I got a question from a reader that I thought I’d share in case anyone else wondering about the same thing:
Q: I was wondering if you could explain or show the back of one recipe card. I am having a hard time understanding what the back is for and why would you need it if then front recipe shows what you need.
Thanks for asking! You can see an example of what I’ve named my “ingredient summaries” in the planning pages section (a drop down tab if you look under “Create Your Own Book” at top). There are four main reasons why I’ve included these on the backs of my recipes:
#1: Cooking Water. For most freeze dried/dehydrated ingredients I also need to store cooking water to rehydrate it with. After going to the work of storing all this food I’m not going to leave this detail up to chance — I want to know for certain that I have enough water to make up my meals. The best way I’ve found is to add up how much water is needed per recipe and include this on the back of the recipe card. There are two water totals I keep track of. First, I figure out how much water is needed per ingredient for one recipe . Secondly, I record the total amount of water needed to make the recipe multiplied by all of the times it’s going to be made. That first total (x1) makes an easy reference for when I’m ready to make the meal and I need to know how much water I need for it. The bigger total is what I’ll be adding into my inventory. By putting all of this on the back of the card it’s clear and easy to read.
#2 Overall ingredient totals are all in one place. These are the totals in the 2nd column (“x5″ in my example). The sense of having these is all about inventory. If I decide to completely throw out a certain recipe it’s easy to subtract and if I want to increase a certain recipe it’s easy to add more. I like keeping this information all together with the recipe it goes with.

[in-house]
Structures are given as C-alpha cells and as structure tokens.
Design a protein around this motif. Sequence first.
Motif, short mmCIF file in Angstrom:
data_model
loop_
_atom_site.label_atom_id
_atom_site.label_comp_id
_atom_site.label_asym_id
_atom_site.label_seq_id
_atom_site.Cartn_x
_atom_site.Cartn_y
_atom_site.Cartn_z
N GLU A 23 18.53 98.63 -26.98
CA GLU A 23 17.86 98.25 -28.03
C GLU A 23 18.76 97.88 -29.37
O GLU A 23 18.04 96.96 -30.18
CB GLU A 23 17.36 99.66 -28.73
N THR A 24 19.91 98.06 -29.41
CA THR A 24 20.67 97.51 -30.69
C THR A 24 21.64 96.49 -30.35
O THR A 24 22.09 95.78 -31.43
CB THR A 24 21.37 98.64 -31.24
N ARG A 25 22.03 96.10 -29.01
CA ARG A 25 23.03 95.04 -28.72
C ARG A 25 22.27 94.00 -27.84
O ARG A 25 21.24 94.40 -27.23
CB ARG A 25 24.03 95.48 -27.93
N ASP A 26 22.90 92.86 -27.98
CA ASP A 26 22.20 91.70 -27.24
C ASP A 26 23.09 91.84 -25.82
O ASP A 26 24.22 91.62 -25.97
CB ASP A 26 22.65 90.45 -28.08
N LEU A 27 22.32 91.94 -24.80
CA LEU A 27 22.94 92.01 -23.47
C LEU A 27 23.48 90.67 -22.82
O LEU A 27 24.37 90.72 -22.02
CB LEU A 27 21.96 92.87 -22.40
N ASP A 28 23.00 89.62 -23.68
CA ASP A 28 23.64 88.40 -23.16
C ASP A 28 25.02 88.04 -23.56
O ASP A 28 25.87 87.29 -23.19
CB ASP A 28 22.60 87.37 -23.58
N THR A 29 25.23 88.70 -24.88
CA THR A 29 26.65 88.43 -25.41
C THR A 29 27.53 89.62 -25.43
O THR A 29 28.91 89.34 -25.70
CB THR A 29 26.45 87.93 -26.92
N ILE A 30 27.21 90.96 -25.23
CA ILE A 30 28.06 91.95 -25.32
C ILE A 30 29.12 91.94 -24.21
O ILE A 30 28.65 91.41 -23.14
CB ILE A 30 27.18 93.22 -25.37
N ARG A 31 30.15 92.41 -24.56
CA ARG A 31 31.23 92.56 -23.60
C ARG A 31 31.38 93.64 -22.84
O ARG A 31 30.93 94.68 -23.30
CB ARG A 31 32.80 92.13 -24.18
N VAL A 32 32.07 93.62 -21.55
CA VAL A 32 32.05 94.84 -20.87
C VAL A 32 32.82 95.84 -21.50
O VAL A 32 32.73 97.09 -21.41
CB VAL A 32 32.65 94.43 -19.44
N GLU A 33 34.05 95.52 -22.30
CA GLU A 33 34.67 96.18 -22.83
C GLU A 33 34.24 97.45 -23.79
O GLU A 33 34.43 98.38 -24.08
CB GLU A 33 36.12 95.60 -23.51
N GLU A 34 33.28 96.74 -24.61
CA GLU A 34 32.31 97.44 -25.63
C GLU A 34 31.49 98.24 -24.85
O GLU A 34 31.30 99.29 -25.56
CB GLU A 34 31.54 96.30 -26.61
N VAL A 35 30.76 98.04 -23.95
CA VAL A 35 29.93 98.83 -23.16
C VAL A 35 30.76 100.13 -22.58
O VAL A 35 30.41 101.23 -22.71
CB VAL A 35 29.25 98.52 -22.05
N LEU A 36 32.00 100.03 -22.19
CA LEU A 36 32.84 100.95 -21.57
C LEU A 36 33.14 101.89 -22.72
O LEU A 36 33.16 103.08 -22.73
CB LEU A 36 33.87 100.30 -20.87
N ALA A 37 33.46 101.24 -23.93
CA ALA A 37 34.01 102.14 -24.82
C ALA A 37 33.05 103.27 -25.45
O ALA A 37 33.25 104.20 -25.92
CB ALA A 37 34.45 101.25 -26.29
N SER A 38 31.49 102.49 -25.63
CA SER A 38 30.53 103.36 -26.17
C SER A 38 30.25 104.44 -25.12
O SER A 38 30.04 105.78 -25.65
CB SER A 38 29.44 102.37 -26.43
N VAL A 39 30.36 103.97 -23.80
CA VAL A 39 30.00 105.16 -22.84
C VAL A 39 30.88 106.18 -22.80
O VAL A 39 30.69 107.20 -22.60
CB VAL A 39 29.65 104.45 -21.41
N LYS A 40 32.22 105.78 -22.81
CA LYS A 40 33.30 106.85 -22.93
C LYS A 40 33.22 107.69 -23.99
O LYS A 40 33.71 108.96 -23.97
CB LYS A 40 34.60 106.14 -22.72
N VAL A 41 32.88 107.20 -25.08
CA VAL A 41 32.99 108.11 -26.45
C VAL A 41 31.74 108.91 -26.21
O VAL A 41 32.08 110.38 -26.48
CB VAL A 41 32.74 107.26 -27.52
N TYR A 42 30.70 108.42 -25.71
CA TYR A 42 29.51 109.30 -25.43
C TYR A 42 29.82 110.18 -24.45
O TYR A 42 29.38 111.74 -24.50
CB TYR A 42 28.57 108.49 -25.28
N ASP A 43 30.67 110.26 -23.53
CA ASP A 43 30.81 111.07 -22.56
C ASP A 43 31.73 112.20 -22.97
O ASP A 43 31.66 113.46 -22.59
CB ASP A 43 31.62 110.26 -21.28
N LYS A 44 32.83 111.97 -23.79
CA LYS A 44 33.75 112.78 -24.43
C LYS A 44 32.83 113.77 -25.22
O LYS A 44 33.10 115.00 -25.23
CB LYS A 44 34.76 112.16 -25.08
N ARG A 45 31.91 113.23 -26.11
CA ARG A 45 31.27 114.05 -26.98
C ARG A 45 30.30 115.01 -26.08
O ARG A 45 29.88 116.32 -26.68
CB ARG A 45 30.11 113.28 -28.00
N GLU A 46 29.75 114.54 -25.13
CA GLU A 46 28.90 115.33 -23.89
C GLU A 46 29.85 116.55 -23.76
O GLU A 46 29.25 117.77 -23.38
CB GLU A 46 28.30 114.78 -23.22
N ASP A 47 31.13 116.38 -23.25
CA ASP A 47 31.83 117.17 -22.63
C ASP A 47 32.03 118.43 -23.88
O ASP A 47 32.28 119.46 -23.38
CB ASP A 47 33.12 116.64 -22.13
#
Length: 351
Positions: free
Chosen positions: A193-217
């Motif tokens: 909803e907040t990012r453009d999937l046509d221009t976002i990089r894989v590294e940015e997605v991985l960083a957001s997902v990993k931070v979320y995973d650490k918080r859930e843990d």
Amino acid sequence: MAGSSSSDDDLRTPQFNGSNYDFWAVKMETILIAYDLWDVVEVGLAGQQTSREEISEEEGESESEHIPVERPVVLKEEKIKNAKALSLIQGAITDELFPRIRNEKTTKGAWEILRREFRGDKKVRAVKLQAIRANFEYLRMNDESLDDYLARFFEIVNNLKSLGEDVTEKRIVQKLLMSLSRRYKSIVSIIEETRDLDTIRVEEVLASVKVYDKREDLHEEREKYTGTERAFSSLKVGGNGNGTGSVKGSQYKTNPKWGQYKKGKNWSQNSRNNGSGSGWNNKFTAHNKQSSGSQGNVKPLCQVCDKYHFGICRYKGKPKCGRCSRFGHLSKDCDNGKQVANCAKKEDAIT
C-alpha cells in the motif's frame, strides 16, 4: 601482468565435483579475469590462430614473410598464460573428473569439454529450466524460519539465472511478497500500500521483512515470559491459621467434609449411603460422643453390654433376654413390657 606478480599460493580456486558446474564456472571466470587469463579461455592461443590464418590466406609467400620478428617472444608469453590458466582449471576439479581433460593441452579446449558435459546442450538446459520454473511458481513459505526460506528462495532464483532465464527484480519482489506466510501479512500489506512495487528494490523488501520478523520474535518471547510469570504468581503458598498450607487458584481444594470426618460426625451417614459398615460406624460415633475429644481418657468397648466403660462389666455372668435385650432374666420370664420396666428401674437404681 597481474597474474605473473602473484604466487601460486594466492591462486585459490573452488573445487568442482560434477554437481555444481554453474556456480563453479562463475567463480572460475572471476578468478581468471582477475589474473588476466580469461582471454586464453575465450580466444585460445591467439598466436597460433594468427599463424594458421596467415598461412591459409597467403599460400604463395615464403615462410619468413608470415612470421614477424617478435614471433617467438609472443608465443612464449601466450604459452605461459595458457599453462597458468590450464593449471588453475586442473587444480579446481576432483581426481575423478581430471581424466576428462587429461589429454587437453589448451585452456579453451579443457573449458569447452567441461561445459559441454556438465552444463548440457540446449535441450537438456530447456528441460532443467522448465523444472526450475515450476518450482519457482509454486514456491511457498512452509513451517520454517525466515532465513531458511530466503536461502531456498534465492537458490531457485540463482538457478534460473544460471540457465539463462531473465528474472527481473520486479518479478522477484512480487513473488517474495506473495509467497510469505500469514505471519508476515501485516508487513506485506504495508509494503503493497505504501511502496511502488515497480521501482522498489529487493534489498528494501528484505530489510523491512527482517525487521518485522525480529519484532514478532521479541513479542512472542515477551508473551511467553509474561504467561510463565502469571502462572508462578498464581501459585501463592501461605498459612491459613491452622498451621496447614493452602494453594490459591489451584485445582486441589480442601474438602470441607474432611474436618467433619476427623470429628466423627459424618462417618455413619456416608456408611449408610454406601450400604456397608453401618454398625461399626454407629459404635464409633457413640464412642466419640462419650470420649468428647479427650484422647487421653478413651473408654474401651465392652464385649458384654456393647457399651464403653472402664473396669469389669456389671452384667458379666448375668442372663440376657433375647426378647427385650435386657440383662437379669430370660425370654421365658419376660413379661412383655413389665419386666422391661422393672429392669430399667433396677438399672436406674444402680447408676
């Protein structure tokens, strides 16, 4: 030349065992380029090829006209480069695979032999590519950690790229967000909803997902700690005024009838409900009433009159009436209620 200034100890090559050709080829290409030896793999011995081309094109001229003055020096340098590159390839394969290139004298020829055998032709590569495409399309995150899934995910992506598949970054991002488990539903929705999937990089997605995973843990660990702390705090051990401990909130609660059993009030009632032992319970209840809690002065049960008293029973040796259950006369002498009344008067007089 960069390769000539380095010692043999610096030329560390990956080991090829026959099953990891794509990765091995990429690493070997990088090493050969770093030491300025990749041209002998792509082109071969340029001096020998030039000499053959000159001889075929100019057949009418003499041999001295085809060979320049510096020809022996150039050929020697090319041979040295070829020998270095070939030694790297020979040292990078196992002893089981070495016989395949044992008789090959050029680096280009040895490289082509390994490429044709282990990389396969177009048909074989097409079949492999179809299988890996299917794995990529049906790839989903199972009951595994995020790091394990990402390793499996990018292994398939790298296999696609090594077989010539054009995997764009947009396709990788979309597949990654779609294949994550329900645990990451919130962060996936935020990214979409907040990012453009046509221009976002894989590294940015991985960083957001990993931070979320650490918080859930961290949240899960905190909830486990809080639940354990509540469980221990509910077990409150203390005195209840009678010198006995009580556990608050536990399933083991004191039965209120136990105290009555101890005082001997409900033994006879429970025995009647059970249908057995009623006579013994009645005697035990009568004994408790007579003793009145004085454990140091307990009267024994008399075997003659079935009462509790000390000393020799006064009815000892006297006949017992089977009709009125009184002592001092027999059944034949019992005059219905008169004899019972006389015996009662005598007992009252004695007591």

#3: Double Duty recipes. Many of my recipes play a part in my plan as both a 3 month recipe and a long term recipe. My 3 month recipes use fresh vegetables, ones that store well or that can be frozen, as well as fresh/frozen dairy products. My long term recipes use the dehydrated and freeze dried vegetables, powdered milk and powdered eggs. This difference in ingredients is something that gets noted on the back of my cards so that I know how much of which ingredient needs to be stored for that recipe based on the number of times I’ll be making it as a 3 month and also as a long term. Trying to note all of this on the front of the recipe card (and making sure it makes it to my inventory list) gets too messy– it’s goes on the back of the card.
#4: Conversions. I’ve got a lot of recipes that are every day recipes converted into food storage recipes (by substituting long term ingredients). The backs of my cards for these recipes are important because I’ve listed all the substituted ingredients and converted amounts on the back where it’s easy to read. With so many ingredients being traded out for long term ingredients it’s hard to fit it all on the card neatly and again then I have the totals added up for my inventory and tracking. I wanted to make the directions and amounts especially clear and easy to read in my food storage cookbook so that if needed I could hand the book over to my husband (or one of my older kids) to make and they could understand the directions and make the meal if I wasn’t able to.
Hope that helps!